ANA Annual Meeting 2015

Take Progressive CMO's Marketing Pop Quiz

Man Behind Flo Introduces 'Individual Content Quotient' at ANA Meeting

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Jeff Charney speaks at the ANA Masters of Marketing Conference
Jeff Charney speaks at the ANA Masters of Marketing Conference Credit: ANA

Don Draper is dead -- true or false? According to Progressive Chief Marketing Officer Jeff Charney, the answer is true because the notion of a traditional "ad guy" is over.

"You've got to be a full-service marketer," Mr. Charney said Wednesday morning in a presentation of the Association of National Advertisers annual "Masters of Marketing" conference in Orlando, Fla.

But Mr. Charney -- who manages the insurer's litany of Flo ads -- told the 2,800 marketing professionals at the event that "Don Draper's creative spirit will always, always live on." Because in Don Draper's time and "in our time right now, you better out-create" because "you are never going to outspend," he said.

The Draper question was part of a pop quiz Mr. Charney gave to the ANA attendees that he described as an ICQ test -- or individual content quotient. Here are few of the other true-or-false questions:

The best marketers follow the latest trends

False, Mr. Charney said, because "you are marketers -- never follow, lead." As an example, he offered up a recent Flo ad that is a retro spoof on after-school specials and led to the phrase "sprinkles are for winners" getting spread in popular culture, including as a lyric in a Lil Wayne song.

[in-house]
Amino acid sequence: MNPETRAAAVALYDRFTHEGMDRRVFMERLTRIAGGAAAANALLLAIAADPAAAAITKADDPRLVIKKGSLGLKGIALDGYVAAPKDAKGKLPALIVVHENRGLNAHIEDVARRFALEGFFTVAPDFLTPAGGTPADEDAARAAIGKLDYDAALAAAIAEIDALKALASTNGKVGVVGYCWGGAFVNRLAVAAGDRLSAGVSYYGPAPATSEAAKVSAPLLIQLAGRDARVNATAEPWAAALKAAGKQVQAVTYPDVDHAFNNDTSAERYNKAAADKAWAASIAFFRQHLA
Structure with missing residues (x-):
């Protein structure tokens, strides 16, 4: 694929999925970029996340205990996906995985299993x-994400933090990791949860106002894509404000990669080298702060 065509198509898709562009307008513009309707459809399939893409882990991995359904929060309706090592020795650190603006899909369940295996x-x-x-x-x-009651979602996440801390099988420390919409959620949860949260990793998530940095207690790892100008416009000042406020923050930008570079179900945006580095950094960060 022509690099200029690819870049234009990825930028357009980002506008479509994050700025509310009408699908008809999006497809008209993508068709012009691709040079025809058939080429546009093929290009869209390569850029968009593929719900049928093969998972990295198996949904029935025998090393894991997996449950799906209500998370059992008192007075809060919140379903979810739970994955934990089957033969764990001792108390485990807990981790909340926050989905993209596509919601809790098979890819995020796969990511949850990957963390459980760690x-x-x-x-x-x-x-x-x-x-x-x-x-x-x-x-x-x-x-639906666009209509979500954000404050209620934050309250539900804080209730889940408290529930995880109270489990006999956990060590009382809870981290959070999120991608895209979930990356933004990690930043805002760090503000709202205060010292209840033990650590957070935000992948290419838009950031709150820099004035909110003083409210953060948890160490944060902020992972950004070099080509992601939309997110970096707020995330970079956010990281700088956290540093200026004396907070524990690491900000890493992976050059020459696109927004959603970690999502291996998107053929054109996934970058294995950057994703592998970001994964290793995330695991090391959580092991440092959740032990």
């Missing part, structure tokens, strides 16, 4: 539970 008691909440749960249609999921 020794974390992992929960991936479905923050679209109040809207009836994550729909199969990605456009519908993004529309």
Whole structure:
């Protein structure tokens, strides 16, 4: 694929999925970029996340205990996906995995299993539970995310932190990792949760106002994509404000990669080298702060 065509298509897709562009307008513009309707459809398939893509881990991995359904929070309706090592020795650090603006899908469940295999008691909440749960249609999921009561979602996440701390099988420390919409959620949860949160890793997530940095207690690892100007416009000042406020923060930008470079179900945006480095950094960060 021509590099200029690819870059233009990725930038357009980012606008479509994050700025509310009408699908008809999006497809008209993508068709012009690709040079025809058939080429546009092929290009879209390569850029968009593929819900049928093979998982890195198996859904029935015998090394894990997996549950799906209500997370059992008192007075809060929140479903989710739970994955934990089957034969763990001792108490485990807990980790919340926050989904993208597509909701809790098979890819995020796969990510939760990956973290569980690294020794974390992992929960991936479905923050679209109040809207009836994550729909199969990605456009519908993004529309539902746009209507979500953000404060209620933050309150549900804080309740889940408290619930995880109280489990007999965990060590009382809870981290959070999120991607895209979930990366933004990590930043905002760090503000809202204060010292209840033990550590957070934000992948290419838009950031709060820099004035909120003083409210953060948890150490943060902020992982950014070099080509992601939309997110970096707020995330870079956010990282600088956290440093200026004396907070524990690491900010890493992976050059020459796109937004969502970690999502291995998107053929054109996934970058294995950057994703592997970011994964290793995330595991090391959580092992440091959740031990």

Can you run a marketing operation like a Hollywood studio?

True, he said. Mr. Charney runs Progressive's marketing department like a TV network, using Flo as the star character and surrounding her with supporting actors and spin-offs. The strategy is meant to use ads as storytelling, he said, adding that "fresh content works."

Demographic data is the best way to understand audience

False, Mr. Charney said, because it is the insight behind the data that is most important. He profiled two people in his own marketing department -- a younger man and an older man, pointing out that each one did not fit the stereotype associated with his generation. The younger guy, for instance, still reads the Wall Street Journal printed version and checks his Roth IRA religiously. The age-doesn't-matter insight informed a Progressive ad character called "Baby Man."

As a CMO you should get fired every 18 months

True, he said, although he meant it symbol for taking the time every so often to reinvent yourself. It is about challenging yourself to "push harder and smarter," he said. "I have replaced myself and also learned from myself."

Disruption is so last year

False, because "disruption is alive and well in marketing," he said. As an example, he showed a recent spot called "FloBron" starring Flo and NBA star LeBron James. "If you don't disrupt you are wasting your money. You've got to get things with edge out there," he said.

To close, Mr. Charney tried a little disruption of his own by calling three people on stage to lip synch the Wilson Phillips song, "Hold On," which was featured in a recent Progressive ad. He then called on the crowd to get on their feet -- and most people did, somewhat awkwardly, proving that they might be "masters of marketing" but they are not pop stars.

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